How to Start a Small Group
Interested in starting a Small Group? Nervous about how to do it? It’s okay. You can do it. It’s not as difficult as you probably think it is.
Here are 5 quick tips:
- Pray – The most important thing you can do is pray. Ask God what He wants you to do, where to start, when to meet, etc. Then listen. Give this endeavor over to Him, then allow yourself to be His vessel to carry it out.
- Delegate responsibility – You don’t have to do it all by yourself. The more people are involved in helping, the more ownership they’ll feel for the group. Also, just because you have the desire for a group, doesn’t mean you have to be the one to lead it.
- Be consistent – Once you decide on format, time, and place, try your best not to change it. Things happen, and sometimes you may need to change it up, but let that be the exception. Once it becomes part of people’s schedules and routines, it’s harder for them to miss a night.
- Environment – This is often an overlooked part of a group, and can make such a huge difference. You want to create a warm and inviting space where people are comfortable and feel safe. Here are a few tips for creating a good environment:
- Food – Serve a meal. That doesn’t mean it has to be fancy or that you have to prepare everything. This could be delegated to someone to organize, and each meeting could be a potluck. Keep it simple and remember that if you feed them, they will come.
- Location – Make sure the size of the space matches the number of people. If it’s too small, people are uncomfortable and it’s distracting. If it’s too big, people won’t feel safe, and will be less likely to share and be vulnerable. Someone’s home is great. A bar or restaurant can be an awesome place if it has a separate room. If you are in a church basement or classroom, extra care might be needed in the category of lights and table covering to help it feel a little more “homey”.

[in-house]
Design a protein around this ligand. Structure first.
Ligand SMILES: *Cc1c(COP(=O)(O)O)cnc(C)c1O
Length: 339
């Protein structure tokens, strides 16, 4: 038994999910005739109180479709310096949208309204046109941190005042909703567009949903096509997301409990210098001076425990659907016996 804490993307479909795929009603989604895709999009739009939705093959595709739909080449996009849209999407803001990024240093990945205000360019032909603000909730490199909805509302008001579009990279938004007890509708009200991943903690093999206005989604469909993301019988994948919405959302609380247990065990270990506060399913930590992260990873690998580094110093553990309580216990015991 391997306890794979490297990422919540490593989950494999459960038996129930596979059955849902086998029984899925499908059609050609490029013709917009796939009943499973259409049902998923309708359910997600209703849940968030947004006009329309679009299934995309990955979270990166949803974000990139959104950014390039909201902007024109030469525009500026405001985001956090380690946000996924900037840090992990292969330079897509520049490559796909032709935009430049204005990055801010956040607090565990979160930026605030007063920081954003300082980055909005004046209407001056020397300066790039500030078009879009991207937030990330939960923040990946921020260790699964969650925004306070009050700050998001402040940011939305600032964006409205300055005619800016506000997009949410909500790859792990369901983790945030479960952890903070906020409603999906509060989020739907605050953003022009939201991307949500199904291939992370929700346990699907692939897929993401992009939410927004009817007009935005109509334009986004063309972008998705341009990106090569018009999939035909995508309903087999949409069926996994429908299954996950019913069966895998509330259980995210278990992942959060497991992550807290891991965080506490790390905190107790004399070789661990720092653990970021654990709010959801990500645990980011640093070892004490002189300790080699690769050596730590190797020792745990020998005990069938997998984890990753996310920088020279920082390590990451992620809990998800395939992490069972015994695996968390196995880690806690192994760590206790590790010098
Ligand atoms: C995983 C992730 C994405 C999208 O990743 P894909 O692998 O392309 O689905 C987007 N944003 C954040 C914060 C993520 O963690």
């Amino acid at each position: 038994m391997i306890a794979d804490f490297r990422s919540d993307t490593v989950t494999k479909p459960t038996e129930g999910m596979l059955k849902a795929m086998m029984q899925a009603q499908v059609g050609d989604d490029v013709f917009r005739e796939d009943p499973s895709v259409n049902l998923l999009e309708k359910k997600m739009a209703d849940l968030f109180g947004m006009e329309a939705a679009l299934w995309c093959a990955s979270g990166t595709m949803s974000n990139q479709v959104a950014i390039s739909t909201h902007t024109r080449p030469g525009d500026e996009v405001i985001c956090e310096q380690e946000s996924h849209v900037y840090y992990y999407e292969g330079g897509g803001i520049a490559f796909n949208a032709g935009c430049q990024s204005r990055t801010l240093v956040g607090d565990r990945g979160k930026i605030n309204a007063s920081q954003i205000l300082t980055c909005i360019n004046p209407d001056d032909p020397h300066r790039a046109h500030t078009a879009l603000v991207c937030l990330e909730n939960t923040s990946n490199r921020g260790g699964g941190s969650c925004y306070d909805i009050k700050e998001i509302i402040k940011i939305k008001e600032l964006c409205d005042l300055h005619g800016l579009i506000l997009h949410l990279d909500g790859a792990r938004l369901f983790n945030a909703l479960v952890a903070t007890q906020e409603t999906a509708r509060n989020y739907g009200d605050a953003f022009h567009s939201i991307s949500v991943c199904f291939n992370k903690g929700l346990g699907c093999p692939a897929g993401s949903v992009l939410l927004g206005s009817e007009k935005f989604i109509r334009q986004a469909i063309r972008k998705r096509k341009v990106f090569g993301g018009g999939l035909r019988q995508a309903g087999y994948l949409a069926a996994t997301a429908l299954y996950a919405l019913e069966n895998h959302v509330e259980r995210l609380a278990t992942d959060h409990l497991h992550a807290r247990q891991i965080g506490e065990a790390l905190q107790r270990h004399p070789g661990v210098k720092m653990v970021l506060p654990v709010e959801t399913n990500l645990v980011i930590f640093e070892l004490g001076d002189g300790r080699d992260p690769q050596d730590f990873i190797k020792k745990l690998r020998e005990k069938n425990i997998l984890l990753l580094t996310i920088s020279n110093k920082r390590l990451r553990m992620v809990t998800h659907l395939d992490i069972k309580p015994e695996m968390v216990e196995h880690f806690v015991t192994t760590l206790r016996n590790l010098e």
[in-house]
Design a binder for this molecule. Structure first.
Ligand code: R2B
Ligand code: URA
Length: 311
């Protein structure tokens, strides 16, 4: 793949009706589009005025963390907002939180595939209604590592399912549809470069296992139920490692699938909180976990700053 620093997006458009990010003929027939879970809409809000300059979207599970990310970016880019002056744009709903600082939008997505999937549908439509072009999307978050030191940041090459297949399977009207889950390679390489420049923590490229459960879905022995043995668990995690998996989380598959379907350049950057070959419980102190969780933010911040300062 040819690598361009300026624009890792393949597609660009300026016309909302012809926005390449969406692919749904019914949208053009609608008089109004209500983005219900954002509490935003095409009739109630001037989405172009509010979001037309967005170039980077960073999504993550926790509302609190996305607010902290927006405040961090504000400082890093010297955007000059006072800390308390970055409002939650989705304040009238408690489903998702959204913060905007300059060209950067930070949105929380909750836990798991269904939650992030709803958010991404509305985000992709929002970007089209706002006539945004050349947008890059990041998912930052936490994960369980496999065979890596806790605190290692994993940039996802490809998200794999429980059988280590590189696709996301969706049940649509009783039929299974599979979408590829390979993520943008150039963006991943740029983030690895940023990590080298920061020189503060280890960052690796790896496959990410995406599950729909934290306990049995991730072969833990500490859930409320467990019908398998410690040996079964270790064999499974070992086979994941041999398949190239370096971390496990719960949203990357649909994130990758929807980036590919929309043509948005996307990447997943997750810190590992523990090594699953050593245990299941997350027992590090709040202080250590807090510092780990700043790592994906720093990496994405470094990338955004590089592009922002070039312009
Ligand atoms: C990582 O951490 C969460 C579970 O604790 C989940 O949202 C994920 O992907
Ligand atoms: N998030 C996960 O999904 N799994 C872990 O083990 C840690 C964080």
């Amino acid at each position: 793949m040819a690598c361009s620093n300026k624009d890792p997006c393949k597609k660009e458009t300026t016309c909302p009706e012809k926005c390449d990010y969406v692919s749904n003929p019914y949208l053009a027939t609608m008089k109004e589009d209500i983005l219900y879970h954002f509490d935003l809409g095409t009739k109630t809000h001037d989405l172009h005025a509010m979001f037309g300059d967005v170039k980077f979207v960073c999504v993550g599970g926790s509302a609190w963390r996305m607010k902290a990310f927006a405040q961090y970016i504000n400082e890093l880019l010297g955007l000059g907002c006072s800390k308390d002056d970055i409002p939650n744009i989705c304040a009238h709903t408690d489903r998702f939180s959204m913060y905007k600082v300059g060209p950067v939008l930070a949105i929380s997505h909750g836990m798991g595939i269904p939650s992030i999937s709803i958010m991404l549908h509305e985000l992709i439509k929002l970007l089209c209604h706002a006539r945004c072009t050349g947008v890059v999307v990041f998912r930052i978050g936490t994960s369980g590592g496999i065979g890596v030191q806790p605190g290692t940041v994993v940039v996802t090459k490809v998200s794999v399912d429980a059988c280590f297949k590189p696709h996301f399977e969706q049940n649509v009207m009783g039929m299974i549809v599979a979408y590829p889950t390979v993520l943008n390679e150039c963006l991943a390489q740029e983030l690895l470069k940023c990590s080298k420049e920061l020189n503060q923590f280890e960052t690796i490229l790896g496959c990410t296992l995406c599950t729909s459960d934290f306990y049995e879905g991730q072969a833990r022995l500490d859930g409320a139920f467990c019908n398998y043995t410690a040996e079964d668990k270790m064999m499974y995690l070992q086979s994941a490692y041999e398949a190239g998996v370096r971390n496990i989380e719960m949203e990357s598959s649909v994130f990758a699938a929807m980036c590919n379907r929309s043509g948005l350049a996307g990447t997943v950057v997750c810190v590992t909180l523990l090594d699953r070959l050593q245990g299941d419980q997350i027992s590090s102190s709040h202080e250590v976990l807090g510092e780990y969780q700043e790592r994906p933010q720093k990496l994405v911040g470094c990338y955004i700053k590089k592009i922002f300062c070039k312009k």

- Lighting – If you are in a sterile church room, bring in lamps. Avoid florescent overhead lighting. Strung lights out on a terrace, or lots of candles in a room can create a warm environment. It’s ideal if you can create a space that looks and feels different from any other part of the day.
- Vulnerability – The key to a successful small group is vulnerability and trust. Allow for people to disagree. As the facilitator, you should speak the least. The exception is when you are asking the group to share something personal, you may have to set the tone by sharing and being vulnerable first.